Life Sciences offer the unprecedented chance to make the currency of innovation available to all Americans

As Cleveland and Philadelphia prepare to welcome the Republican and Democratic National Conventions this month, I’ve been thinking about what I’d like the presumptive presidential nominees to know about the promise and potential of the life science and biotech sectors.

I think it’s safe to say that regardless of political party, we all understand the power of technology. Companies at my nonprofit organization, the University City Scien20160718-scipolimage-294x152-eurekahomece Center, are working on everything from developing a therapy for childhood blindness, to building 3D printers that can generate living tissues, to ensuring the safety of the world’s food supply.

But there’s an economic development aspect as well. As technologies move out of the lab and into the marketplace, companies are formed and jobs are created. For the past 50+ years, the Science Center has been a key catalyst in the Greater Philadelphia region, helping turn bright ideas into successful companies and employers.

We just completed a study that measured the impact of the 442 companies across the country that have benefited from the incubation programs we offer. Here are some key takeaways:

  • The 155 firms that are located in Greater Philadelphia directly employ 12,000 people.
  • These are high-paying jobs with an average salary of US$103,000 – nearly double the region’s median annual wage of $52,000.
  • There’s a ripple effect as well. Each direct job in the region generates more than two additional jobs. That’s a total of 40,000 direct and indirect jobs – or one out of every 100 jobs in the region.
  • These 40,000 jobs drive $13 billion in economic activity in the region each year – more than 2% of the region’s total economic output.So what does it take to turn a flash of inspiration into a thriving company? At the Science Center, we rely on a carefully crafted recipe that includes office and lab space, access to investors and advisors, and connections to the innovation ecosystem.
  • Multiply these numbers across the nation and you’ll see that the life sciences sector is an economic powerhouse to be reckoned with.

Let’s look at an example of how it works. Avid Radiopharmaceuticals was founded in 2004 by a neuro-pathologist at the University of Pennsylvania’s Perelman School of Medicine who developed a radioactive tracer to detect beta amyloid plaques in patients with memory problems, using positron emission tomography (PET) scans.

Avid moved into the Science Center business incubator with one employee. By 2009, Avid’s payroll had grown to more than 30 people. The company outgrew its space in the incubator and moved into custom-fitted office and lab space on the Science Center campus.  

In 2010, Avid was acquired by Eli Lilly in a deal worth up to $800 million. Since then, the company has grown to 100-plus employees and has become the first company to bring to market an FDA-approved method that can directly detect the presence of beta amyloid plaques, a hallmark pathology of Alzheimer’s disease.  Today Avid is a wholly-owned subsidiary of Lilly and remains at the Science Center.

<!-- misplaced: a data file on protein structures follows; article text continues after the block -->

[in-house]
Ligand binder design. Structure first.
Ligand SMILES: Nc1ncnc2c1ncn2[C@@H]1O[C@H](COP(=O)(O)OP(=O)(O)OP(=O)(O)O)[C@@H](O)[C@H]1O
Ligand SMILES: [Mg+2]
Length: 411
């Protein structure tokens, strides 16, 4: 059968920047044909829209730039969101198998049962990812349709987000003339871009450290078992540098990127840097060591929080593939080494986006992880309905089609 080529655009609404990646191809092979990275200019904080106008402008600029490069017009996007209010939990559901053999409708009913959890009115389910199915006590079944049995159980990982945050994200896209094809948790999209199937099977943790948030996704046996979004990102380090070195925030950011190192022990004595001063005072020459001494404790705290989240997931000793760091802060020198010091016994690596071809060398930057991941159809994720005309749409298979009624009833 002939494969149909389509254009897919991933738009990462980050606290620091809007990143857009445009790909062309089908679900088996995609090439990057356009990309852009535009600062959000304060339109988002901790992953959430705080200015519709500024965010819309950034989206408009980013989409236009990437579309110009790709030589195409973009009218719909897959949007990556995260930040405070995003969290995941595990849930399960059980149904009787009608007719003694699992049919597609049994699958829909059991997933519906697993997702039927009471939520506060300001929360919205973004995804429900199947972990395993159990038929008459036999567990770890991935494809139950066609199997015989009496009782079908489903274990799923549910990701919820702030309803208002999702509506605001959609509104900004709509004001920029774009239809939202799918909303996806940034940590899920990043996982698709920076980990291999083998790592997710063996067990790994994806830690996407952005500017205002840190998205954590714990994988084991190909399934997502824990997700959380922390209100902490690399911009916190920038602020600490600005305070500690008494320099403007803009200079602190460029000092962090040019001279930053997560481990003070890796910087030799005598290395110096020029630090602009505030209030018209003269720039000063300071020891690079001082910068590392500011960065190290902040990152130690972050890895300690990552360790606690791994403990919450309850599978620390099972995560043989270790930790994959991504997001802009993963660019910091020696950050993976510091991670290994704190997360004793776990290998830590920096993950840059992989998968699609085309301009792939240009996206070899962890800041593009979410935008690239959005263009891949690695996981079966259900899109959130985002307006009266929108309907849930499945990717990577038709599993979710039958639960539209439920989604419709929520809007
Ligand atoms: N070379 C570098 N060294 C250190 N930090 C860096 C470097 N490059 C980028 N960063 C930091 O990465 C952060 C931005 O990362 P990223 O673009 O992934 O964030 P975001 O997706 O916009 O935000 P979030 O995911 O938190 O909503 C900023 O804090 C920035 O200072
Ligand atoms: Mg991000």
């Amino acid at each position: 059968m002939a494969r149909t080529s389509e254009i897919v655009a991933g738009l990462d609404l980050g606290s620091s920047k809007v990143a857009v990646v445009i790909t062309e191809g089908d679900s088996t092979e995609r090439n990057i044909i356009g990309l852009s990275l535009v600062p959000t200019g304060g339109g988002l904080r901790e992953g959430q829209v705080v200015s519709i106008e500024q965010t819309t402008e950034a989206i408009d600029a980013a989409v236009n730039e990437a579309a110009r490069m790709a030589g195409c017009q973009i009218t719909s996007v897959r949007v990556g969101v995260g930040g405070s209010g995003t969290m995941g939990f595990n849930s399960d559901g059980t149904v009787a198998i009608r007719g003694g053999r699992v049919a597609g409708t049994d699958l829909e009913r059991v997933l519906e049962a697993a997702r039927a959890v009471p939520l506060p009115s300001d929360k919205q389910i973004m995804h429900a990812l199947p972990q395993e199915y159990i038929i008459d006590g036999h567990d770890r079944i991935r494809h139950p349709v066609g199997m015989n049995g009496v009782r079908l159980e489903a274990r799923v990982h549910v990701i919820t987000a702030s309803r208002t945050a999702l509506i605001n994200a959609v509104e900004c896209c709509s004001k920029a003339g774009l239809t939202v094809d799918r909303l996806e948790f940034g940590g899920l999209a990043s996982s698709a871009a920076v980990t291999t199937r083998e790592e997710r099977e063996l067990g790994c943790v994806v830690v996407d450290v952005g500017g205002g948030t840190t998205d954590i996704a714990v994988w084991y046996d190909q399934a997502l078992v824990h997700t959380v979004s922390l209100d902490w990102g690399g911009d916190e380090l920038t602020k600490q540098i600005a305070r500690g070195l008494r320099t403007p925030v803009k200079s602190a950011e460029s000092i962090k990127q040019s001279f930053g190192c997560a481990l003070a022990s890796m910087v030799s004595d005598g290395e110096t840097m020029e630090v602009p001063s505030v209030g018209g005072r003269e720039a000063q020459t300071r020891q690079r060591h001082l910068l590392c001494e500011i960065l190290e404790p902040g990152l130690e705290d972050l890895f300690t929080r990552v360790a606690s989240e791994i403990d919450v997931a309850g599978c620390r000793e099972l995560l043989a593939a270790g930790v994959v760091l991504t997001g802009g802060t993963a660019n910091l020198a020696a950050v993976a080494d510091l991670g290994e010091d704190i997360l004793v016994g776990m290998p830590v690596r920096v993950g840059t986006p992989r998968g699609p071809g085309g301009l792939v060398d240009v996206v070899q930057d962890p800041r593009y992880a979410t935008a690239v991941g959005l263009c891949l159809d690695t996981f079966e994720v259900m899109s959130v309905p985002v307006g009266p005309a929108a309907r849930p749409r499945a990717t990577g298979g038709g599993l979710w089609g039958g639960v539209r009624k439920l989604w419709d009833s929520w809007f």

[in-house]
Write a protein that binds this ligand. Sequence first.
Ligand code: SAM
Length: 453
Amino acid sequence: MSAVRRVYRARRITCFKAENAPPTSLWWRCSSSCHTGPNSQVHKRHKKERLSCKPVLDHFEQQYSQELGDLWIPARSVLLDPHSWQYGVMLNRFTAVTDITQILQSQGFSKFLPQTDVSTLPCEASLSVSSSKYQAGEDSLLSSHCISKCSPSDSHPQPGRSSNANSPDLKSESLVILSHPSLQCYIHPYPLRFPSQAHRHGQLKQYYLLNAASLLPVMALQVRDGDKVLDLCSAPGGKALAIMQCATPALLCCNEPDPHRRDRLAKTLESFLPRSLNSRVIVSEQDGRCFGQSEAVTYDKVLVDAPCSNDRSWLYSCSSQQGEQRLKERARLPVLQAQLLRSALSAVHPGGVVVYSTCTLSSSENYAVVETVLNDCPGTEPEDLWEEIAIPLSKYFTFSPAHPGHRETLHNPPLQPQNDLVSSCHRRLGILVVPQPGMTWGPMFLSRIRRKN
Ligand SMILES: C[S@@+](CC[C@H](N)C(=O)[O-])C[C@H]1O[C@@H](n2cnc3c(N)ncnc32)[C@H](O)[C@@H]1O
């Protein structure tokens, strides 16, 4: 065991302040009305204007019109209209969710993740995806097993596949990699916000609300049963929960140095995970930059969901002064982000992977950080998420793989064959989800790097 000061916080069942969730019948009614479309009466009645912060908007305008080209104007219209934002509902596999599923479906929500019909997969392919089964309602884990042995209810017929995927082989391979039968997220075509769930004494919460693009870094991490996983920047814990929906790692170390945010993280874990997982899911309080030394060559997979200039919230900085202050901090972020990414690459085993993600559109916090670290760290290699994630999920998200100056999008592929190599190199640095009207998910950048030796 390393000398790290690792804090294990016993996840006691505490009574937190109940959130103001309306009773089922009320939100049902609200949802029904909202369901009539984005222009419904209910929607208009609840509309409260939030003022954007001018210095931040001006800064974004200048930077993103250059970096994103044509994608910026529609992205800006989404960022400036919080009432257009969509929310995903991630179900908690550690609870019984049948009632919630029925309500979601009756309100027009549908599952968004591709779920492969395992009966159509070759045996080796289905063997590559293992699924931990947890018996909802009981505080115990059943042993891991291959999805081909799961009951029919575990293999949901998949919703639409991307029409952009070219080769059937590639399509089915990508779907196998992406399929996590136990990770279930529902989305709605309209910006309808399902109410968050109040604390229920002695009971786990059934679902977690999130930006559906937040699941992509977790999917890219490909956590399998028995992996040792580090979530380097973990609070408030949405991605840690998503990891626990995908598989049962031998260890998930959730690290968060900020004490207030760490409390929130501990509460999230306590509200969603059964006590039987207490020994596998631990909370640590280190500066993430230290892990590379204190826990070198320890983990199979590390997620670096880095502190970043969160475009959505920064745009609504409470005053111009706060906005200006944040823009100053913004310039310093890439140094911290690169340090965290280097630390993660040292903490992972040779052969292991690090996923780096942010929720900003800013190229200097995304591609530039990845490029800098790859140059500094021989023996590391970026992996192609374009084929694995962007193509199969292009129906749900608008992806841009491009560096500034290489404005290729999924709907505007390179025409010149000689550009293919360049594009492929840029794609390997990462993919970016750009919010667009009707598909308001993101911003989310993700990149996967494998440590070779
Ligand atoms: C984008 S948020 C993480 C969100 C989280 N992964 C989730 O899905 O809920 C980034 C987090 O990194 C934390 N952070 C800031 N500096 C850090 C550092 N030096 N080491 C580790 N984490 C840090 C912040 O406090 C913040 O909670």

As Michael Krautkramer, Avid’s VP of Operations, says: “Our company’s story of development wouldn’t be the same without the Science Center partnering with us through these different phases of growth.”

Another Science Center company, Invisible Sentinel, has developed a small, hand-held device that quickly detects food contamination in any setting. Wineries use the technology to detect a yeast that causes wine to spoil, and craft breweries use the diagnostic assay to detect beer-spoiling microbes.      

Since entering the Science Center’s business incubator in 2008, Invisible Sentinel has raised more than $14 million in capital and added upwards of 30 employees. They completed the build-out of their management and board teams, launched more than a dozen products, gained regulatory approvals, and established major corporate partnerships with companies such as Jackson Family Wines and Victory Brewing Company.

As co-founders Nick Siciliano and Ben Pascal will tell you, “In 2007 we had an idea… that’s about all we had. Now we have a thriving company that is making foodborne disease a thing of the past.”

These are just two examples of hundreds of companies that have benefitted from the Science Center’s location, programs and resources over the years. “Innovation is the new currency,” has become a popular catchphrase. As exemplified by Avid and Invisible Sentinel, the life sciences and biotech sectors give us an unprecedented chance to make that currency available to all Americans through transformative technologies and job creation.

(Homepage Image: Three scientists at ANGLE North America, a medical technology company in the Science Center’s Port business incubator. Photo courtesy of University City Science Center. )

This is the first in an occasional series about the intersection between biomedical science and politics. You can find the complete list of articles here.    

How to cite:

Tang, Stephen. Catalyzing Success. Eureka blog. July 18, 2016. Available: